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This article was published 24/1/2014 (1244 days ago), so information in it may no longer be current.
Brandon University’s BUILD campaign has raised more than $5 million so far, according to BU president Deborah Poff.
The university launched its capital campaign just over a year ago with hopes of raising $22 million over a five-year period. The campaign addresses three key areas vital to BU’s future and that of its students — student recruitment and retention, student success and community engagement.
Along with those priorities, the BUILD campaign is comprised of three components, including raising $7 million for the Healthy Living Centre, $5 million for student scholarships and bursaries, and $10 million for aboriginal student success.
Although she couldn’t confirm exactly how much the capital campaign has brought in to date, Poff said the university has received many generous gifts from both local and national donors. She’s also hopeful campaign organizers will be making two "significant" fundraising announcements in the near future.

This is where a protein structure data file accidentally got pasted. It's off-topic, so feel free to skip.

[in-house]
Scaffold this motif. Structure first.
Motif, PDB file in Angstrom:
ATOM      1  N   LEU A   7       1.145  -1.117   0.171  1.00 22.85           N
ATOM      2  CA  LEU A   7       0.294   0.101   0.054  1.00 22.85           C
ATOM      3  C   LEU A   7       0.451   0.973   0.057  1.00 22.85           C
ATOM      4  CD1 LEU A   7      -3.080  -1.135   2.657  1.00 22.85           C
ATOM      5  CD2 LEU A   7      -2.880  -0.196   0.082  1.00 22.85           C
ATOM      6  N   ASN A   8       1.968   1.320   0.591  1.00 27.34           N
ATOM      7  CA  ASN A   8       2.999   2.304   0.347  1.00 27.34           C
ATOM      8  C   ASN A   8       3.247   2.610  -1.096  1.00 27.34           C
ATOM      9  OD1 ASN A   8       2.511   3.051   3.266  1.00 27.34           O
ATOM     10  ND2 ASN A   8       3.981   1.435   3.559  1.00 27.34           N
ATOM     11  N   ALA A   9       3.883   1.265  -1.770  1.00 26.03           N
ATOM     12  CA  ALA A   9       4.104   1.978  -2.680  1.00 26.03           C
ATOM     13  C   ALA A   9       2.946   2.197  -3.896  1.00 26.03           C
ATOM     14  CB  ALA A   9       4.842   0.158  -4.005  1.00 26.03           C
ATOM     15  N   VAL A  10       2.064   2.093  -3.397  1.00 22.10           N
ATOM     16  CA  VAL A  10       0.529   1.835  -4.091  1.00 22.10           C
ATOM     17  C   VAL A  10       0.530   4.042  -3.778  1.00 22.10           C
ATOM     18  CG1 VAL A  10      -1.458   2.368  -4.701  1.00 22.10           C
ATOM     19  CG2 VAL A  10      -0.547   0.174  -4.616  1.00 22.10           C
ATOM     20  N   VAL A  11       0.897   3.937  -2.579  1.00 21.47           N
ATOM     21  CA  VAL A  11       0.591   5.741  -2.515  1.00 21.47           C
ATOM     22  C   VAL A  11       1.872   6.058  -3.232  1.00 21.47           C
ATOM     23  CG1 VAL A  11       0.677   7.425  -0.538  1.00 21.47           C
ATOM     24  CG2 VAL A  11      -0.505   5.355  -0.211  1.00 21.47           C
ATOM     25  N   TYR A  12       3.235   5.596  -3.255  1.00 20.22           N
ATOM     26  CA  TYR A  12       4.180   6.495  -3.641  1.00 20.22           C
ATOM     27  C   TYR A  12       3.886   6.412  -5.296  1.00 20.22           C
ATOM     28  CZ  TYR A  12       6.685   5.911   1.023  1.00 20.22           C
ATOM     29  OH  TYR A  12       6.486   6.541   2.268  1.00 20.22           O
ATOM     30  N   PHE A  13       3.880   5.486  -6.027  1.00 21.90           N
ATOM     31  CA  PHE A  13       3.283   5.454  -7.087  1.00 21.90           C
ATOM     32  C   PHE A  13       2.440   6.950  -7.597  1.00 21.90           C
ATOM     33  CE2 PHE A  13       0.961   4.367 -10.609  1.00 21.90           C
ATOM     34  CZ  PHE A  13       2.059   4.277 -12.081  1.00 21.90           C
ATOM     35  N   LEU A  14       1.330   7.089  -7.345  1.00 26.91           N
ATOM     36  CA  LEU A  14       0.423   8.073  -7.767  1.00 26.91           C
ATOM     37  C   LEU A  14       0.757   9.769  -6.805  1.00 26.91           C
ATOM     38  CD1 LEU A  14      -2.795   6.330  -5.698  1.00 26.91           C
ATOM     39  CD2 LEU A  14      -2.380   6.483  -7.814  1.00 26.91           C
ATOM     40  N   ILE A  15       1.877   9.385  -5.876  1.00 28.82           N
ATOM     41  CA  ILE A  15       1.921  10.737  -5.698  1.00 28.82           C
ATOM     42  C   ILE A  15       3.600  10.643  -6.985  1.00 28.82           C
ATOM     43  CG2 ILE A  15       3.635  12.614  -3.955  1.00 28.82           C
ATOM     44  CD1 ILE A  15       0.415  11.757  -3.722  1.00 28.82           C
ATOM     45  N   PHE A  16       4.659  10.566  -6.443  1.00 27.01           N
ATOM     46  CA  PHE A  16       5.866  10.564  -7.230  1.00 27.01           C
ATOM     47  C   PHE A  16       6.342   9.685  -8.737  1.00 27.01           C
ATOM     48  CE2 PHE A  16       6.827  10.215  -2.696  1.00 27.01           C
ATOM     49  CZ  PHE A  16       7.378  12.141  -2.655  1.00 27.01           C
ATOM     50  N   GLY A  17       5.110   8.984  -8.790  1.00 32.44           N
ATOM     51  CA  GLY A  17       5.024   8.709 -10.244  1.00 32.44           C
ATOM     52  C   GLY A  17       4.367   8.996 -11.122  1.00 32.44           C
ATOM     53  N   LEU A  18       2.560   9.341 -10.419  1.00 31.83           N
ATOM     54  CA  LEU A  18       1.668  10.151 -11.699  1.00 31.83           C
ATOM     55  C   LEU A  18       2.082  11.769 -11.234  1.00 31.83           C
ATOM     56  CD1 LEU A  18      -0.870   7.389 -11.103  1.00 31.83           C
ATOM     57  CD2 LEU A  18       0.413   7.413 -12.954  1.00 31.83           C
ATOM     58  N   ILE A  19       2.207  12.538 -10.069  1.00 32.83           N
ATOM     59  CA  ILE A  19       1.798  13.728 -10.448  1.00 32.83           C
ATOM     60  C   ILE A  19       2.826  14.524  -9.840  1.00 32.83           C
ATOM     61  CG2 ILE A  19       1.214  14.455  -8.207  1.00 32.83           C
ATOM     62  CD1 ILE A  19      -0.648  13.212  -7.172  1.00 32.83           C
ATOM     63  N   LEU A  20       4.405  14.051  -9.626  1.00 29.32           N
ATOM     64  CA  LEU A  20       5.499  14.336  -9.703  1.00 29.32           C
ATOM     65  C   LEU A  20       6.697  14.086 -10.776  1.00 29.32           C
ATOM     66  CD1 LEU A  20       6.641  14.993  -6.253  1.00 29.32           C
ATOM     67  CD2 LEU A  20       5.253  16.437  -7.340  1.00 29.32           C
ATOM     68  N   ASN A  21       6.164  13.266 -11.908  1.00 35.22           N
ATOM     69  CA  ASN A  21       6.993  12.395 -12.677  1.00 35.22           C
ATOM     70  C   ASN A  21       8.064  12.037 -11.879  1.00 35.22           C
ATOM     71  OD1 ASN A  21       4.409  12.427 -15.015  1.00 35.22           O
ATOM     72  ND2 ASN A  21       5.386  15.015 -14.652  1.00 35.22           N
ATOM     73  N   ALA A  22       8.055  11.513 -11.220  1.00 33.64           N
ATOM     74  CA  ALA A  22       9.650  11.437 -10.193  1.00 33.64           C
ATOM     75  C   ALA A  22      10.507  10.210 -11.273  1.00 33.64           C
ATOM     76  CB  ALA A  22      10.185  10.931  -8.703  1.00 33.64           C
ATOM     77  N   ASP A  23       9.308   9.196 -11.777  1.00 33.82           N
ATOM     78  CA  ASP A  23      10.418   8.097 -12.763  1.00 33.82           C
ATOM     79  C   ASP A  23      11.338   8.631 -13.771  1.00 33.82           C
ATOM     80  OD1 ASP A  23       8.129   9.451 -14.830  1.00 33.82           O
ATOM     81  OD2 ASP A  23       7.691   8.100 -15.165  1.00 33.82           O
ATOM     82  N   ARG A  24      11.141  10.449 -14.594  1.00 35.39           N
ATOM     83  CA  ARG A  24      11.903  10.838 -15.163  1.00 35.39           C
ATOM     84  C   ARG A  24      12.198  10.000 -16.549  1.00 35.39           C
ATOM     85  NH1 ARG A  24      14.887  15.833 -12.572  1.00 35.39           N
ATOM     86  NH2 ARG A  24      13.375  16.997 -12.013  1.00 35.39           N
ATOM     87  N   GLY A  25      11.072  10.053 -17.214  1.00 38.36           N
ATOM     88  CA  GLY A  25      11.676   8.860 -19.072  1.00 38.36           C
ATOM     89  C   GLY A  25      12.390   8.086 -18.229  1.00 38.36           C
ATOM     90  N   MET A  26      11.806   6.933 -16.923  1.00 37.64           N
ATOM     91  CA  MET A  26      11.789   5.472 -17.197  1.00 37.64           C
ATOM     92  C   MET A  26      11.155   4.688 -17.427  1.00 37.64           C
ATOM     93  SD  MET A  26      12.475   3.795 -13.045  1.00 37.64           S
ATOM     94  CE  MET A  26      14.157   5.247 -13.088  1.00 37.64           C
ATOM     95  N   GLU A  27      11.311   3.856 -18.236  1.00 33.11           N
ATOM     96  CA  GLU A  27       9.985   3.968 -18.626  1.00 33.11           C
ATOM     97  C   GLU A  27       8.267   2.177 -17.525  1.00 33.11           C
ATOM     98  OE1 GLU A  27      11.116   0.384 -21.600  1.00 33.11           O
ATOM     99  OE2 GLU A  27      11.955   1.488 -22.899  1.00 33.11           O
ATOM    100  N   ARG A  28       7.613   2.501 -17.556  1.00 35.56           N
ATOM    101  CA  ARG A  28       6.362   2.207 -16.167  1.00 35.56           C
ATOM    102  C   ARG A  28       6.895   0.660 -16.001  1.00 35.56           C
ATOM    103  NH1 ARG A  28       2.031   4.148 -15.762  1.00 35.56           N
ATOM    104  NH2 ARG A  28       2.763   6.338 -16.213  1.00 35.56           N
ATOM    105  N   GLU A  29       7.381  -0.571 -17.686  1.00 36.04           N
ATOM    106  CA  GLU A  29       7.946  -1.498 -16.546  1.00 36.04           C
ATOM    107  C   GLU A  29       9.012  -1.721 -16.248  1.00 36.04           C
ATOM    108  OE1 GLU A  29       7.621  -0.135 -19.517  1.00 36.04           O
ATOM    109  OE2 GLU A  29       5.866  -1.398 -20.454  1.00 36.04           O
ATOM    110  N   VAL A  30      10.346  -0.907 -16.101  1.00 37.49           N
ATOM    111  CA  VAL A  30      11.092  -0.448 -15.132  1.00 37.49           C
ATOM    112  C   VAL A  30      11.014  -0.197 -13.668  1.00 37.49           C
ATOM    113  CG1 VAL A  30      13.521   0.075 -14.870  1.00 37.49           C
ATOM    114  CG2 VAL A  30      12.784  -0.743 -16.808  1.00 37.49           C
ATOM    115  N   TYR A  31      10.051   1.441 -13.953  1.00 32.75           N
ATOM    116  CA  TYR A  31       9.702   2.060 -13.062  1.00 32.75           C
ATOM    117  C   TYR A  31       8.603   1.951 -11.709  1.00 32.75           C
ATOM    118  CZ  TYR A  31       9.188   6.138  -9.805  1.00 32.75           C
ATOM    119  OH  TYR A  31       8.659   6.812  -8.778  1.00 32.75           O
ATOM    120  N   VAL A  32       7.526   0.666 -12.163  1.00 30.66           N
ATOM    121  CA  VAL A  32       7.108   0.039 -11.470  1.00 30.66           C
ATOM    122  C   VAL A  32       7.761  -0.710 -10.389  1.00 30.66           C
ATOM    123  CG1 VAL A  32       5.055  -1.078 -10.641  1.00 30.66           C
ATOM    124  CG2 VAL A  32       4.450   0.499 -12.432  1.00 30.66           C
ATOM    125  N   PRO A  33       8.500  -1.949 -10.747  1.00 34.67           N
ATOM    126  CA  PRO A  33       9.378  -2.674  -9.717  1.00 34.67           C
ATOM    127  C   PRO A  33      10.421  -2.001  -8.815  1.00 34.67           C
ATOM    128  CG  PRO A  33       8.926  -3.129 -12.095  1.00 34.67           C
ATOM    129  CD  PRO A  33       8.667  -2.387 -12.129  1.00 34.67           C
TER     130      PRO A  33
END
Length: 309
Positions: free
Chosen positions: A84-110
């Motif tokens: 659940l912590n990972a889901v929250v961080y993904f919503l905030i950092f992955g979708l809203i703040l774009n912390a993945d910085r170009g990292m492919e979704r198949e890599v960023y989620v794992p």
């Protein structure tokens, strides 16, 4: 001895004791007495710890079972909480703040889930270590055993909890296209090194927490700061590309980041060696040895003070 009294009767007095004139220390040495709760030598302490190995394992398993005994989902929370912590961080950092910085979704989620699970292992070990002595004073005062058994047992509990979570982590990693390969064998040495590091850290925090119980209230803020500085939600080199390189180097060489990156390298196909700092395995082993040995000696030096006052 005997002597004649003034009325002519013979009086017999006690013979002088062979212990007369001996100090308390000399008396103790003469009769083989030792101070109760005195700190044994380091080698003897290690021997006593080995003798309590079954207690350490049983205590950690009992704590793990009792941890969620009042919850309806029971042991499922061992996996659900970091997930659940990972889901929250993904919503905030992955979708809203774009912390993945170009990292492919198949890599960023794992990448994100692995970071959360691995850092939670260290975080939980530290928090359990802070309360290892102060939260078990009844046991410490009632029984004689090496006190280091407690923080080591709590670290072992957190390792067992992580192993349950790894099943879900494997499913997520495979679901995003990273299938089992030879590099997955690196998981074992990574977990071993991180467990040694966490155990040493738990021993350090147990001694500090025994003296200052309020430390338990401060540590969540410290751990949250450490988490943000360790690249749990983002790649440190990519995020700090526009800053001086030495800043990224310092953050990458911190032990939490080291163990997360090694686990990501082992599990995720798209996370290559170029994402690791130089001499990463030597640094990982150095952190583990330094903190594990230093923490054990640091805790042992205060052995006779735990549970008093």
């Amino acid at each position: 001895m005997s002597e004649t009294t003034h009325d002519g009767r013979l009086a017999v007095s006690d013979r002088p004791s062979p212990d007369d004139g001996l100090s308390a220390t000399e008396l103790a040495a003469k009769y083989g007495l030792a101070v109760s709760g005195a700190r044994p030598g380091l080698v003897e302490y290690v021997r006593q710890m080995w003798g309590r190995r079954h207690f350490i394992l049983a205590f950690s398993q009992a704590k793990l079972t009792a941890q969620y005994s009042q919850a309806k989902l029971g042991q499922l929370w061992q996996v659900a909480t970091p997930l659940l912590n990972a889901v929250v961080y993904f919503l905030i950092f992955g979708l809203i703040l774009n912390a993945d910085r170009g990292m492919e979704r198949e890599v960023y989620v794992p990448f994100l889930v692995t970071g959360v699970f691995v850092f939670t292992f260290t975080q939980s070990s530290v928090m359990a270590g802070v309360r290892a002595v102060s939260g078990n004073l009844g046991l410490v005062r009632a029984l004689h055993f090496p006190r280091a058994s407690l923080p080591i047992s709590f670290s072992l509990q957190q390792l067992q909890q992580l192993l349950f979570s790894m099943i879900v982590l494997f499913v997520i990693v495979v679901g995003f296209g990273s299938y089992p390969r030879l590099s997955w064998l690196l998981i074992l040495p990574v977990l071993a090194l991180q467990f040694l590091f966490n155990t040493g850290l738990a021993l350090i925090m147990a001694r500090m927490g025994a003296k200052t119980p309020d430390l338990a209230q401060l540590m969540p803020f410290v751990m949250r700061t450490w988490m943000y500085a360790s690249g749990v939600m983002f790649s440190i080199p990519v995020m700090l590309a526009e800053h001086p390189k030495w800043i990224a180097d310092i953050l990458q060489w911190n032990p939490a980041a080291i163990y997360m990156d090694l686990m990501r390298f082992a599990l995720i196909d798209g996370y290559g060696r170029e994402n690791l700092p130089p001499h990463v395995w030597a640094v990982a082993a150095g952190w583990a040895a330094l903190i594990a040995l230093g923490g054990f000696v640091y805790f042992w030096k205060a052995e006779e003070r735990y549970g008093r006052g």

To help with the campaign, the university was looking to hire a new associate vice-president (external) — a position left vacant after a retirement — but the search was unsuccessful, Poff said.
In the meantime, the university has hired a consulting company with experience asking for donations "of a large magnitude."
"They’re very experienced people and this is what they do for a living on a higher scale than we do," Poff said. "They will be responsible for organizing 12 to 15 major applications for funds to major donors and foundations."
A major push for the university right now is putting out funding requests for the HLC, which opened just over a year ago. Poff said the facility still isn’t "completely paid off" but wouldn’t reveal how much is left to go.
On top of the $6.3 million the university previously raised for the project in 2011, the federal, provincial and municipal governments combined pitched in roughly $12.5 million. But so far the $20-million facility is generating enough revenue to cover the costs of staff and other expenses, Poff said.
The university has also constructed a business plan in hopes the facility will generate enough money to pay for itself.
"We hope that it will be so successful down the road — and it gives every indication it will be — that they’ll do even more than that and be able to help support the university," Poff said. "Given the way things are going ... that will be happening in the not-too-distant future."
Facility manager Maureen Bonar said more than 1,575 students have enlisted in the facility since January and more than 1,000 community members have purchased a monthly or yearly membership.
"It’s always populated which is nice," Poff said. "It’s a busy place."